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Caliper Technologies, Karolinska Institute, National Human Genome Research Institute, MWG Biotech, Bruker Daltonics, Leiden University Medical Center, Affymetrix, Arcturus Bioscience, DNA Print Genomics, Esoterix


Caliper Technologies Slashes 12 Percent of Workforce; Reorganizes Management Team

Caliper Technologies has further reduced its workforce, cutting 12 percent, or 65 people — including seven vice presidents — from its payroll as part of a restructuring following it acquisition of Zymark in July, the company said last week.

Caliper said it will also make some hires to accommodate the transfer of certain functions to the company’s Hopkinton, Mass., headquarters, “and to add skill sets which will support the company’s strategic direction.”

Caliper said that this round of layoffs and reconfiguration focuses on rationalizing R&D resources. The company hopes to reach cash-flow breakeven by the end of 2005, it said.

Karolinska Institute, NCI to Validate Non-synonymous Coding SNPs

DynaMetrix, the Karolinska Institute Cancer Genome Anatomy Project, and the US National Cancer Institute will validate probable causal SNPs from among public-domain SNPs that underlie differences in protein sequences between individuals, the groups said this week.

These non-synonymous coding sequence differences, or ns-cSNPs “probably cause much of the variation between individuals” from the perspective of disease risk and drug response, “but in practice many of the [more than] 25,000 predicted ns-cSNPs in public databases are not real or not usefully abundant in typical human populations,” the groups said.

To make this SNP class accessible to researchers, DynaMetrix will use its DASH-2 genotyping and diagnostic systems to validate ns-cSNPs in sets of 12, using African-American and Caucasian individuals [read about the DASH technology in 1/24/03 SNPtech Reporter.] After that, DASH will be used to determine allele frequency distributions in a large range of global populations in order “to detect evidence of possible evolutionary selection, indicative of functional importance.”

The project will be overseen by Anthony Brookes, who is also a co-founder of DynaMetrix. He said data from this project, which “is already well under way,” will be placed in the public-domain on the CGAP website (readers may access it here).

TGen, Mayo, Scottsdale To Build $25M Facility

The Translational Genomics Research Institute, the Mayo Clinic, and the city of Scottsdale, Ariz., will launch a $25 million research facility as part of Arizona’s push to pull in the biotech industry, the groups said last week.

The Scottsdale city council has just decided to award Tgen $3 million from the city to help start the plant, which would open at the end of 2004, according to a local report Wedesday from the Arizona Republic. This award will allow Tgen to house its Center for Translational Drug Development in the new building. Mayo and other leasing companies would use the other parts of the building.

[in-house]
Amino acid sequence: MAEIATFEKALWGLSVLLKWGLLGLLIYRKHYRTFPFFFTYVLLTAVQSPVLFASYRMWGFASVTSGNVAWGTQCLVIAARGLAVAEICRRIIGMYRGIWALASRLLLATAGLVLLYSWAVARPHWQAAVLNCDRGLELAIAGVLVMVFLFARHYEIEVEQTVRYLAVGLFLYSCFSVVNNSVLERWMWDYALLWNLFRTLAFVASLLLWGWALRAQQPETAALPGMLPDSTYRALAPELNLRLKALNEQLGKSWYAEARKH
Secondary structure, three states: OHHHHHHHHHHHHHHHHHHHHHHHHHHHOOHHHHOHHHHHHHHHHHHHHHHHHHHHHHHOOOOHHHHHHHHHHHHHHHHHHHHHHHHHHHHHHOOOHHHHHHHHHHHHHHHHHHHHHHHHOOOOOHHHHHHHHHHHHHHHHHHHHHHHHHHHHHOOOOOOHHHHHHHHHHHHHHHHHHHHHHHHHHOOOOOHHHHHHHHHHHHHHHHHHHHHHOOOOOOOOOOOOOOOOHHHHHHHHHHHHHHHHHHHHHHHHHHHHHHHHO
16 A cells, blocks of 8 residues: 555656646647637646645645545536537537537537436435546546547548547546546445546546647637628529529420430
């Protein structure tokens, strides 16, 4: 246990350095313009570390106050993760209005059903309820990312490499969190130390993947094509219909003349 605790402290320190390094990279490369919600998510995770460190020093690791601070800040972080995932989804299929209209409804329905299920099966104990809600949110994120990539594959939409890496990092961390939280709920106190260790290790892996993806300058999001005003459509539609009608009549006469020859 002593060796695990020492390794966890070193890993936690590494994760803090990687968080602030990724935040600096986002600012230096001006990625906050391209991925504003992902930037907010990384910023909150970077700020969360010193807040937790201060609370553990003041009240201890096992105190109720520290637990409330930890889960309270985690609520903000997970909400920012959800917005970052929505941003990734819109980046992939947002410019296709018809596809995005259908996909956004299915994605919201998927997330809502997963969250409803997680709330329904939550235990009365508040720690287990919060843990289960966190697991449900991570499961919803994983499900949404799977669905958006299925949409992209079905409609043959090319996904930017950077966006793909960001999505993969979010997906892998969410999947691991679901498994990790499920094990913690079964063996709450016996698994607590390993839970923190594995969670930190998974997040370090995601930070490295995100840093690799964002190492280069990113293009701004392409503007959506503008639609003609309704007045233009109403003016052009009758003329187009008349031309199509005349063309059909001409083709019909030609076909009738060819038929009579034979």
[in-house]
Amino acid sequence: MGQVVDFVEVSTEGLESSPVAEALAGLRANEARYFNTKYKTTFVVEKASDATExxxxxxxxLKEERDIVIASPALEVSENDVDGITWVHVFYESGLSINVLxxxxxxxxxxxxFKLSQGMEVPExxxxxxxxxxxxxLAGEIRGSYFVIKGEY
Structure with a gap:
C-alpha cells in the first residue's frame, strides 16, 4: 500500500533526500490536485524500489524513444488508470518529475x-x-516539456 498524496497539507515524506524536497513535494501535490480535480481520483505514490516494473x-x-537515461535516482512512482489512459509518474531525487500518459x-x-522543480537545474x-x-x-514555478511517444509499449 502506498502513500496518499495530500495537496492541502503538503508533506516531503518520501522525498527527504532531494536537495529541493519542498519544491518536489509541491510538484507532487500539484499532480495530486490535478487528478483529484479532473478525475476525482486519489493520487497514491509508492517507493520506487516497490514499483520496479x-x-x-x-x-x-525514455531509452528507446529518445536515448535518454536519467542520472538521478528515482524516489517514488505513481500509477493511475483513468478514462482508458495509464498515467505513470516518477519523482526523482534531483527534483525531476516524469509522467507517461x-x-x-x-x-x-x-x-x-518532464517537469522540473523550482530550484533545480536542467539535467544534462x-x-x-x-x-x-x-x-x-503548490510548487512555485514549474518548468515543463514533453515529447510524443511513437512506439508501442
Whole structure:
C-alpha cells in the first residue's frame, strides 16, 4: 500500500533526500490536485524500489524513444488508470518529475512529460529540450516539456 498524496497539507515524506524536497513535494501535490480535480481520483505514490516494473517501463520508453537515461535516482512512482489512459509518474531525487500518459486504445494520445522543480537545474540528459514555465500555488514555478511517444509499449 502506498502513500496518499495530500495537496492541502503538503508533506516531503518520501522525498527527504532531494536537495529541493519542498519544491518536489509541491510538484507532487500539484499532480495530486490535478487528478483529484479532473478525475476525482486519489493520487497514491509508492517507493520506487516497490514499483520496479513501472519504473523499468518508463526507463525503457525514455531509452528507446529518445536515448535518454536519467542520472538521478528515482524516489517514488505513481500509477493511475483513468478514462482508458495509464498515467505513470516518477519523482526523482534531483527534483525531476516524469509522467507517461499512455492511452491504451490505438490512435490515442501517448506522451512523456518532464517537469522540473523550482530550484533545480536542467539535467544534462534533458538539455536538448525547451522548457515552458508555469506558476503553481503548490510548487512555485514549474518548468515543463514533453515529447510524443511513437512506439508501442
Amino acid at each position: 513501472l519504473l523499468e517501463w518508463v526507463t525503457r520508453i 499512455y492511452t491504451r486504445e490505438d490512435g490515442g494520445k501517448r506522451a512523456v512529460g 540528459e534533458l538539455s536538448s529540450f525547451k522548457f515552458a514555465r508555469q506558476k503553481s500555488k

NHGRI Forms New Social and Behavioral Research Branch

The National Human Genome Research Institute has created a new branch within its Division of Intramural Research that will translate genomics into interventions for health promotion and disease prevention, and will counsel patients with genetic disorders and their families.

The new branch, which will be called the Social and Behavioral Research Branch and be part of a new trans-NIH center called the Social and Behavioral Science Center, will also house staff from the National Institute of Mental Health and the Office of Behavioral and Social Sciences Research, in addition to the entire NHGRI branch. Heading the new branch and the inter-institute center will be Colleen McBride, director of the cancer prevention, detection and control research program at Duke University.

McBride listed four “conceptual domains” that the new division will cover: testing communications strategies aimed at relaying an individual’s risk for developing a genetic condition; developing and evaluating interventions aimed at reducing genetically susceptible individuals’ risk of acquiring a disease; translating genomic discoveries to clinical practice; and understanding the social, ethical, and policy implications of genomic research.

The inter-institute center is slated to open in January 2005, according to NHGRI director Francis Collins.

Irish Research Center Taps MWG Biotech to Outfit New Microarray Lab

Munich-based MWG Biotech will help the Alimentary Pharmabiotic Centre at University College Cork, a new Science Foundation Ireland research center based in Teagasc, Ireland, to help it create a microarray facility, the groups said last week.

Terms of the deal call for MWG to supply the APC with “the full range of its products and services,” namely its instrumentation, microarray, and bioinformatics expertise. MWG will also provide the bioinformatic design, oligonucleotides, microarrays, and support.

The “long term” deal will have APC buying a “substantial volume” of products from MWG “in the forecoming months,” the groups said. Financial details were not disclosed.